Ok, so this is the overland map for the video game, Dragon Age:As you might expect, you click on one of the little squares to go there. The images in the icons have meanings (town, dungeon and so on – that one in the upper right is “make camp”) but the base idea is pretty simple. Predictably, there are a few other twists: the map changes over time for one, and when you click to go from point A to point B, there’s a chance you may have an encounter along the way.
There are similar maps within cities and such, and it works pretty well, but what I want to really look at is how this interacts with tabletop play. See, I think there’s an instinctive resistance to this kind of model in play because it’s so obviously and (seemingly) arbitrarily restrictive. We treasure our broad, open ended maps with the idea that if that spot right there is of particular interest to us, then by god that’s what we can set out for.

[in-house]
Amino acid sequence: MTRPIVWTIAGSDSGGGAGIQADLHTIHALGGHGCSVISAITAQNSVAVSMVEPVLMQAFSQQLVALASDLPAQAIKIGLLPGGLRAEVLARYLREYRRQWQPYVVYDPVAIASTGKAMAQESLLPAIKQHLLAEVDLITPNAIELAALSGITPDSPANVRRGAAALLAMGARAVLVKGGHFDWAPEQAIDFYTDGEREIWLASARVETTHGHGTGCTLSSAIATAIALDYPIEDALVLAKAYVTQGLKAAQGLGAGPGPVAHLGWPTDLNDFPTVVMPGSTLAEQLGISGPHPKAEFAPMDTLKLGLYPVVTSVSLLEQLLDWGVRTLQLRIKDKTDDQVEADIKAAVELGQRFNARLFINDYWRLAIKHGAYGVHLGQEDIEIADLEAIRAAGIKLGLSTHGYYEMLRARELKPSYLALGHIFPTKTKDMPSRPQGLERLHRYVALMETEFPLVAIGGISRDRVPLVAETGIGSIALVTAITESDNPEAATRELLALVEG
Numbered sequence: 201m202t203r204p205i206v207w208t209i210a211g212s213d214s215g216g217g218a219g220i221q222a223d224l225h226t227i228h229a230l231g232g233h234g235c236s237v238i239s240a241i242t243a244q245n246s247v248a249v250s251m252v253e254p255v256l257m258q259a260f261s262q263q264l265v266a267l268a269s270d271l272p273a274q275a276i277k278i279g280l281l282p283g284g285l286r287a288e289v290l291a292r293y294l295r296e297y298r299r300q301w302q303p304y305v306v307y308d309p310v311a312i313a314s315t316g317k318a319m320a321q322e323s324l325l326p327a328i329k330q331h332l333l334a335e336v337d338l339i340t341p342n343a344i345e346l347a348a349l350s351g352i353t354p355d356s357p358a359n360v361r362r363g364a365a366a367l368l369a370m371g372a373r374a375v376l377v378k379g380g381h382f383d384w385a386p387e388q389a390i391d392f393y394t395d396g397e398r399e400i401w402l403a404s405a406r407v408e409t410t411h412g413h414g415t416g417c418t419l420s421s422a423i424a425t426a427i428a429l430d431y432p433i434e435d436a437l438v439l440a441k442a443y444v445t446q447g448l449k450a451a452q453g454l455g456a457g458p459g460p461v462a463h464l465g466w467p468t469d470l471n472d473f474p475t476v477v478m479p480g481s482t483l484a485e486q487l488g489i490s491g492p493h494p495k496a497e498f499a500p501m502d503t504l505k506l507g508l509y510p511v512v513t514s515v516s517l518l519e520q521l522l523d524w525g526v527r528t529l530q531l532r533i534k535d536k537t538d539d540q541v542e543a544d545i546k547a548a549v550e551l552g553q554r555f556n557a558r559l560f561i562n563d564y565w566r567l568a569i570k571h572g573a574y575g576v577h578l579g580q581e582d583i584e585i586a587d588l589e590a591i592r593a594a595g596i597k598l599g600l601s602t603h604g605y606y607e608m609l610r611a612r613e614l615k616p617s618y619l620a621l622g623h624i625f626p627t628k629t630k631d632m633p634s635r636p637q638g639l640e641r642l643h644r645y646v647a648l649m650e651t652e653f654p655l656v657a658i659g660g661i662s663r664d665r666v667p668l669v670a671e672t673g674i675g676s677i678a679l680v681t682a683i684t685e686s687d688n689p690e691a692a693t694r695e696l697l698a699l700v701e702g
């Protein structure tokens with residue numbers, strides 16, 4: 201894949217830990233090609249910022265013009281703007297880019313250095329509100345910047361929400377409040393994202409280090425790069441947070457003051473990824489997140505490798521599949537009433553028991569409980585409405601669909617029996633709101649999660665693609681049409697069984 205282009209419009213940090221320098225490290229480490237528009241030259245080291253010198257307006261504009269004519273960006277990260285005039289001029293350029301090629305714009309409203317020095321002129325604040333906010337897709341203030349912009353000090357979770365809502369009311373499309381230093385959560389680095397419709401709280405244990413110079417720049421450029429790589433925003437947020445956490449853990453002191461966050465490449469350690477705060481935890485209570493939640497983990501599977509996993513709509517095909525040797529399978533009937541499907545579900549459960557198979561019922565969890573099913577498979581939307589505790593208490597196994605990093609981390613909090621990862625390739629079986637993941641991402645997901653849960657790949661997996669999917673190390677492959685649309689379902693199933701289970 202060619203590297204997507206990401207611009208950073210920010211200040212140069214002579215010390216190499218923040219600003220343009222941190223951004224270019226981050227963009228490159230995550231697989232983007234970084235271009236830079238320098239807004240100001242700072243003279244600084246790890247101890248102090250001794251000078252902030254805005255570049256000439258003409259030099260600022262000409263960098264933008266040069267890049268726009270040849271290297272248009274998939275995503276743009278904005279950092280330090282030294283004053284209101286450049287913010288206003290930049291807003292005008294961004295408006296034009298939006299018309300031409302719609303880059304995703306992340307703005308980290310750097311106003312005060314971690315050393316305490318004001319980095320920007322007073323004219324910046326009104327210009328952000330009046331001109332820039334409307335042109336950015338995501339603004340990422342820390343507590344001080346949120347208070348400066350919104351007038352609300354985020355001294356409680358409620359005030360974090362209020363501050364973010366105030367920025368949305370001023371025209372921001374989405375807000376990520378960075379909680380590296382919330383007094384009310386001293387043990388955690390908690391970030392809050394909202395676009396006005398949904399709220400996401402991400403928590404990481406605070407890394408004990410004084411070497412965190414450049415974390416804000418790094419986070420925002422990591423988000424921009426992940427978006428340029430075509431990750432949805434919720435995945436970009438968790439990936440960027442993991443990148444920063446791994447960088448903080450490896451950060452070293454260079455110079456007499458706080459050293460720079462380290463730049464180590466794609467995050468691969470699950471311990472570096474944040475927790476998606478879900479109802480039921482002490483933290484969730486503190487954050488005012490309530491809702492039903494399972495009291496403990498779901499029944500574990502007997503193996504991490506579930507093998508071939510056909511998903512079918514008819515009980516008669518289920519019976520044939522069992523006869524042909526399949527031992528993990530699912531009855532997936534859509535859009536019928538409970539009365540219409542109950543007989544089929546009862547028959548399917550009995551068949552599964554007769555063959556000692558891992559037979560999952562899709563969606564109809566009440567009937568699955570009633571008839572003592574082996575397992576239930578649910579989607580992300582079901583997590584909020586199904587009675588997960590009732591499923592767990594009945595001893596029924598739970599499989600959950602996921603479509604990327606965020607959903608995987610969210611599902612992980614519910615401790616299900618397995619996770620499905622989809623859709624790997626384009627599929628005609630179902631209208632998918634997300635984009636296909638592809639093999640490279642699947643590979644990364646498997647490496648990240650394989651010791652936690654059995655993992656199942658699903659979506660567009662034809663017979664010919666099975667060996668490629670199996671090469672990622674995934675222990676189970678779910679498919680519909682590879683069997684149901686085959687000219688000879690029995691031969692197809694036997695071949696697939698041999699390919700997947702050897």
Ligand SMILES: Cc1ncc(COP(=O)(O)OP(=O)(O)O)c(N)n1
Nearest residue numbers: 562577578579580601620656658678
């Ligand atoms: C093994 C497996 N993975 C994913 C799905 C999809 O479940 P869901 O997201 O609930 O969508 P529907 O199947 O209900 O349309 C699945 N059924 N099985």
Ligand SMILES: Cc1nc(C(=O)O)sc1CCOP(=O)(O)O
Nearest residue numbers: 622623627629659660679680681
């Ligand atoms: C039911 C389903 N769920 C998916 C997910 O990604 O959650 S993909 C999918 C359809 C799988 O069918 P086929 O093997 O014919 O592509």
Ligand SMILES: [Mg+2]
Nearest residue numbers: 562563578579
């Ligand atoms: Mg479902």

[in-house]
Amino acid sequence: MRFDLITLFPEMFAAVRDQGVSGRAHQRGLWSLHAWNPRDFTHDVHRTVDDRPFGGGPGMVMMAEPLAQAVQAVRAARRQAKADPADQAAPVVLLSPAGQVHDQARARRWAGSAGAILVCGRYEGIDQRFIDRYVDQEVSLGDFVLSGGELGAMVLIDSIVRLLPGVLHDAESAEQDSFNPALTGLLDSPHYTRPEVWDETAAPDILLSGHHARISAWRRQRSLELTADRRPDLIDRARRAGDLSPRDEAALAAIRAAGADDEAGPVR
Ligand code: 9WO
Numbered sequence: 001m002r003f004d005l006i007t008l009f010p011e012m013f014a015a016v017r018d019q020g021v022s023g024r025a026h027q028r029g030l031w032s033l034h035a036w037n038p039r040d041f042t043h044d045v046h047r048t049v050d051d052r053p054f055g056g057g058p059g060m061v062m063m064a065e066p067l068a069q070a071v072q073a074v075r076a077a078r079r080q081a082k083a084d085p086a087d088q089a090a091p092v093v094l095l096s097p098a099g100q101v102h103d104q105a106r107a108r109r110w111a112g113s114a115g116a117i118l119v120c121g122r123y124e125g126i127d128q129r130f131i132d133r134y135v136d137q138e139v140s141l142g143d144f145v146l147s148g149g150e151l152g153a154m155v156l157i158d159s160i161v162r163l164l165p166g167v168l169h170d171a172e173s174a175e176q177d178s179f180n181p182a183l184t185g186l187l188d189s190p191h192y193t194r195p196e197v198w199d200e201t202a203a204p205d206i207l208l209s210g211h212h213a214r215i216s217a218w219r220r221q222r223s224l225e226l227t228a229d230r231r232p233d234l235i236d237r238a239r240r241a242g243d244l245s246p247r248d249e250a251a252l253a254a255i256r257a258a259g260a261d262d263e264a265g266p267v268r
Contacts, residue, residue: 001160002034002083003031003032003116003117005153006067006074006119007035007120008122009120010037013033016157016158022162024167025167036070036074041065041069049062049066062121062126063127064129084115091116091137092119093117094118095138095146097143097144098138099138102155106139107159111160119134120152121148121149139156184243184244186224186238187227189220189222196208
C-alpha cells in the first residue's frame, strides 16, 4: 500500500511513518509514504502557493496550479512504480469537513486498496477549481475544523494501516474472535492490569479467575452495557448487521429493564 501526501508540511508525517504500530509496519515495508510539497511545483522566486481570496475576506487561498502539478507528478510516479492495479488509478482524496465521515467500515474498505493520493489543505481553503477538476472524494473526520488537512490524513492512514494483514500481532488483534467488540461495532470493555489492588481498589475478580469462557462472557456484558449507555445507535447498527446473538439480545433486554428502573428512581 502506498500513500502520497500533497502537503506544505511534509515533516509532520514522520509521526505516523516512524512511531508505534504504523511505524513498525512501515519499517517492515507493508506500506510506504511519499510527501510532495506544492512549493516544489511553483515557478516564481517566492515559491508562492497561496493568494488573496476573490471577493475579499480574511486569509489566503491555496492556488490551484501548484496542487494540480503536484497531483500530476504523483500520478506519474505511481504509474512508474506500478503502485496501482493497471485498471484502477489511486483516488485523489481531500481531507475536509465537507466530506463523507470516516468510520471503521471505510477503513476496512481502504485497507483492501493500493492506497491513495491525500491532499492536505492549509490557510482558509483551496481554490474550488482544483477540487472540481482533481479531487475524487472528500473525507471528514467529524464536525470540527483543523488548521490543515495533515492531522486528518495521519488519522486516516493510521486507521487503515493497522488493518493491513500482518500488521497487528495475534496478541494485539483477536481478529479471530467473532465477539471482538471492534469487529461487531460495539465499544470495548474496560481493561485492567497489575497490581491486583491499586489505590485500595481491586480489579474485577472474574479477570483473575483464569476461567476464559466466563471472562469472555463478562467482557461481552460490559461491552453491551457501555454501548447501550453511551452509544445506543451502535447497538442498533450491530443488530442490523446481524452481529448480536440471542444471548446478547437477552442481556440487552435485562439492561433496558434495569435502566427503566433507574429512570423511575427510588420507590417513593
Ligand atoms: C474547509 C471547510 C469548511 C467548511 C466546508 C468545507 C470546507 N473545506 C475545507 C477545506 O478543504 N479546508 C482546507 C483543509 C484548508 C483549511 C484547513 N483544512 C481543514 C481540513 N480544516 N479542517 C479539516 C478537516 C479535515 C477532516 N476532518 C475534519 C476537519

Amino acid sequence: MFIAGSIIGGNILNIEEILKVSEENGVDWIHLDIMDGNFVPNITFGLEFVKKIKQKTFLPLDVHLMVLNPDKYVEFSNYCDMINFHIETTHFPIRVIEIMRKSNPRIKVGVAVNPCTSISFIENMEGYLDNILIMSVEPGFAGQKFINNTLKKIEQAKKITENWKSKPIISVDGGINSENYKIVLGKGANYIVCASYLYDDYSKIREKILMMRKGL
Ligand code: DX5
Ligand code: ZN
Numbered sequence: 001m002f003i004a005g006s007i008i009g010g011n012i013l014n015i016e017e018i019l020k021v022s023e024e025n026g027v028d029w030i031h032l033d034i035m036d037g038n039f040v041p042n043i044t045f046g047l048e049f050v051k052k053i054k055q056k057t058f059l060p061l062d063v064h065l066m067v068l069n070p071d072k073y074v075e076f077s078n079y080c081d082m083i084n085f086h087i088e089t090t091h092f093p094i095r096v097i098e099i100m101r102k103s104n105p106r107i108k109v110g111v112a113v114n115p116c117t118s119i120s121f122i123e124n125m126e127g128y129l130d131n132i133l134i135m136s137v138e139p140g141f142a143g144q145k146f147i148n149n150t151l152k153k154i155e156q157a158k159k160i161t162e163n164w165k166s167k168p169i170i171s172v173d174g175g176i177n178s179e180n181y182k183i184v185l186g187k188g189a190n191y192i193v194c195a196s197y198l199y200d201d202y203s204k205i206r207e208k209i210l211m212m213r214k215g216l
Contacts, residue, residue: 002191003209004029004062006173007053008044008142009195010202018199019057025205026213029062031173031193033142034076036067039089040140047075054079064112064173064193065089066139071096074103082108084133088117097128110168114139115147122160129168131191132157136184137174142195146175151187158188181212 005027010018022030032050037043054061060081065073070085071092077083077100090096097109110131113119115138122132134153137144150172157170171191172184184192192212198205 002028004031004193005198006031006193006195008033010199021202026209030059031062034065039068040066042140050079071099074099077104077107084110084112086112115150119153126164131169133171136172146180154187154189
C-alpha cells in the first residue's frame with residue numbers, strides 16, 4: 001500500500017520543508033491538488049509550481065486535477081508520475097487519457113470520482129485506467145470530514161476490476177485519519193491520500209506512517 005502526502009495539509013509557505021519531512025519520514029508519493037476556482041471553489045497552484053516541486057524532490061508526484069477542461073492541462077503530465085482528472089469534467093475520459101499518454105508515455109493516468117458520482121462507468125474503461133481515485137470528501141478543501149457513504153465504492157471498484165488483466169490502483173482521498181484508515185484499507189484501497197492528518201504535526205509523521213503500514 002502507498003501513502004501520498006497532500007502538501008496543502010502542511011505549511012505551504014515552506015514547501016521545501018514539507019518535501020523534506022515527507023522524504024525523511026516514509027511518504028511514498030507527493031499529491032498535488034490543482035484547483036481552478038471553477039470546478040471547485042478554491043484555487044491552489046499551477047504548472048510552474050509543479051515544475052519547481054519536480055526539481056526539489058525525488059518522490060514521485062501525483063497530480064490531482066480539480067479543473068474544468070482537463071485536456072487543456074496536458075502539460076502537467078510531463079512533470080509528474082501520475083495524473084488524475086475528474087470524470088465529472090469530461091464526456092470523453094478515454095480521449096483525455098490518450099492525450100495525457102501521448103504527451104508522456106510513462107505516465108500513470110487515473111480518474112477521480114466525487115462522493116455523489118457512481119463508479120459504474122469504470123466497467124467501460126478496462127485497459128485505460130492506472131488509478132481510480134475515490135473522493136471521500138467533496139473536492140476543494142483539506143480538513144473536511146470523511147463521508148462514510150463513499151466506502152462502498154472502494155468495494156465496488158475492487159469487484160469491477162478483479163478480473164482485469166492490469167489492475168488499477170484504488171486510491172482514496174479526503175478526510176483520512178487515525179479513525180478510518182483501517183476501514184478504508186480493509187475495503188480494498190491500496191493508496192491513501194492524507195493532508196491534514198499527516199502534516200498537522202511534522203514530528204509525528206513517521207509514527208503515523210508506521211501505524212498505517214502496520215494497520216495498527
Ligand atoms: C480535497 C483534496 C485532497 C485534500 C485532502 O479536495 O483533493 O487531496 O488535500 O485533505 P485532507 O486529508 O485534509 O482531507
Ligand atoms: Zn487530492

The problem is that, in practice, things end up looking a lot like this map. There are points of interest the players are aware of, and more of them are revealed over time, and those are where they go too and from, encountering things along the way. The only real difference is on those occasions where the players might actually “pick a spot” that doesn’t already have an icon, but when that happens, there are two possible outcomes:
1. The GM already has something prepped, so effectively it’s a hidden icon.
2. The GM needs to make something up, effectively creating a new icon.
I like both options. Stuff like that is why you have a GM and not just a computer.
And, heck, it’s not like this is unprecedented. Replace every icon on that map with a number and you have the map from pretty much every adventure ever. The difference between that and the video game is sleight of hand, and I wonder if we might be better off dispensing with it.
Anyway, this is obviously not applicable for all games. If you are actually interested in hard core exploration with full on Oregon Trail dysentery and inventory management, then obviously you want an open map because you’re in it for the _process_. But for the rest of us, perhaps acknowledging the role of structure can help free us up to focus on whichever part of play we’re actually interested in.